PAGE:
the German business software company, reported lower profit and cut its outlook for the full year after losing business in the wake of the war in Ukraine and the company’s withdrawal from Russia hit revenues from its software and cloud businesses.
The Walldorf, Germany-based company said Thursday that it expected its operating profit to take a 350-million-euro hit, equivalent to $356.8 million, this year as a result of lost revenue, restructuring costs, and bad debt costs from the war in Ukraine as the company continues to wind down its business in Russia and Belarus.
“The exit is ongoing,” SAP’s chief financial officer
said, adding that the withdrawal should be completed by the end of the year. “We don’t expect another profit hit.”
Mr. Mucic also said SAP would launch a share buyback valued at €500 million between August and December, following a previous buyback valued at more than €1 billion. Mr. Mucic said the company wanted to take advantage of lower stock prices.
SAP’s shares closed Wednesday trading in Frankfurt at €90.72, near their 52-week low of €83.84.
The lower earnings from software licenses and loss of business in Russia combined to reduce operating profit to €1.68 billion from €1.92 billion the year before, based on SAP’s earnings report on a non-IFRS basis. Analysts polled by
had forecast operating profit of €1.74 billion.
SAP’s figures are presented as two sets of numbers, one based on the International Financial Reporting Standards—an international accounting method that seeks to provide a global reporting standard—but analysts and investors tend to follow SAP’s non-IFRS numbers. Those figures exclude share-based compensation, restructuring expenses and acquisition-related charges.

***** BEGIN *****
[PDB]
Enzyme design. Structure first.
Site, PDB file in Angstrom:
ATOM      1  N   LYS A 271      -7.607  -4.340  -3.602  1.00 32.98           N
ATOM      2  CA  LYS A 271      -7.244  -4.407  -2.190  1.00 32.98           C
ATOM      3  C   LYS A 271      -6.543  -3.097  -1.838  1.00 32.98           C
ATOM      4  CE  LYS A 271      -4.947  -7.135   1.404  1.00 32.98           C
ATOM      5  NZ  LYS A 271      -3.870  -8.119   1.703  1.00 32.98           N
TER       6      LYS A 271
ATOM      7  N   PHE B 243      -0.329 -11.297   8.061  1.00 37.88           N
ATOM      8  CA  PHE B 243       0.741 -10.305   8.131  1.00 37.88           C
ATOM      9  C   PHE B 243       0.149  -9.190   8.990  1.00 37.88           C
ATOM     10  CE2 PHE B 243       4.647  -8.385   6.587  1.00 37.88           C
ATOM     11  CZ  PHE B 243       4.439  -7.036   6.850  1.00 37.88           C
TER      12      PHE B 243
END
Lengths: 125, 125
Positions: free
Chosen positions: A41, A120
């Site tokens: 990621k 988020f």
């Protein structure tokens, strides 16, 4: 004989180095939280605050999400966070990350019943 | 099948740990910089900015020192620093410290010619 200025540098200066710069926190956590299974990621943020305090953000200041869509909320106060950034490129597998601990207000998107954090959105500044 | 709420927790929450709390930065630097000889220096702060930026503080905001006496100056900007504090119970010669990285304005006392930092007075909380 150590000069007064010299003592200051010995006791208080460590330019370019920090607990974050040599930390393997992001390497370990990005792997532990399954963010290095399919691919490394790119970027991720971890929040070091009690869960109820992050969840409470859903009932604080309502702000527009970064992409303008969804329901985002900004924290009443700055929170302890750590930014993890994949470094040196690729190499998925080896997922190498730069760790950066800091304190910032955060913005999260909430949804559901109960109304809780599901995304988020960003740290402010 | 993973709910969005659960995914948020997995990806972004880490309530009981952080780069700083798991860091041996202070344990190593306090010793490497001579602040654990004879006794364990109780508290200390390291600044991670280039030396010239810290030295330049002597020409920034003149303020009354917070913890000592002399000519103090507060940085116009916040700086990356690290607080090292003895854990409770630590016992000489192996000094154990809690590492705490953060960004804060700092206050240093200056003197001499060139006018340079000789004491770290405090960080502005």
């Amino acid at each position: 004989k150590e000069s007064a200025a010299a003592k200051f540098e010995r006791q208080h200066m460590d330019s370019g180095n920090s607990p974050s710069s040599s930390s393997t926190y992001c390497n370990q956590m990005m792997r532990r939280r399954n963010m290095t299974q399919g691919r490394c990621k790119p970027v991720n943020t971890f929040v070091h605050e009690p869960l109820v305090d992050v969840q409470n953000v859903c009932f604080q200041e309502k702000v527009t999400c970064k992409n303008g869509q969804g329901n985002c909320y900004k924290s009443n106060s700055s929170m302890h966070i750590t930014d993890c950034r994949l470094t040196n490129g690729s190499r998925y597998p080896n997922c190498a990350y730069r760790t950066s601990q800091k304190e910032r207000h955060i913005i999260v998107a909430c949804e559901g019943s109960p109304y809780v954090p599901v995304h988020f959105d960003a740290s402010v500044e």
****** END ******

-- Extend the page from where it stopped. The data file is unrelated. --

SAP said IFRS after-tax profit attributable to shareholders was €334 million in the second quarter compared with €1.356 billion the year before.
SAP said non-IFRS after-tax profit attributable to shareholders was €1.129 billion in the second quarter compared with €2.061 billion the year before.
In its report, SAP noted that the continuing war in Ukraine made it hard to predict any future ramifications on the company’s earnings.
Given the uncertainty, SAP cut its outlook for the year, estimating non-IFRS operating profit at constant currencies would be in a range between €7.6 billion and €7.9 billion, down from a previous forecast of €7.8 billion to €8.25 billion.
SAP has been shifting its business away from selling software licenses to a subscription model for cloud-based computing services. As a result, revenue and earnings from software licenses are declining and cloud services have become the company’s biggest source of revenue in the second quarter.
Total revenue rose 13% to €7.52 billion in the second quarter, driven higher by cloud revenue which rose 34% to €3.06 billion. Software-licenses revenue fell to €426 million from €650 million during the same period.
Despite the broader economic uncertainties, SAP Chief Executive
said the order backlog for the company’s cloud services was strong.
“Everyone wants to continue with business transformation. So this is why we see ongoing high demand for our technology and solutions,” Mr. Klein said on the conference call.
—Mauro Orru contributed to this article.
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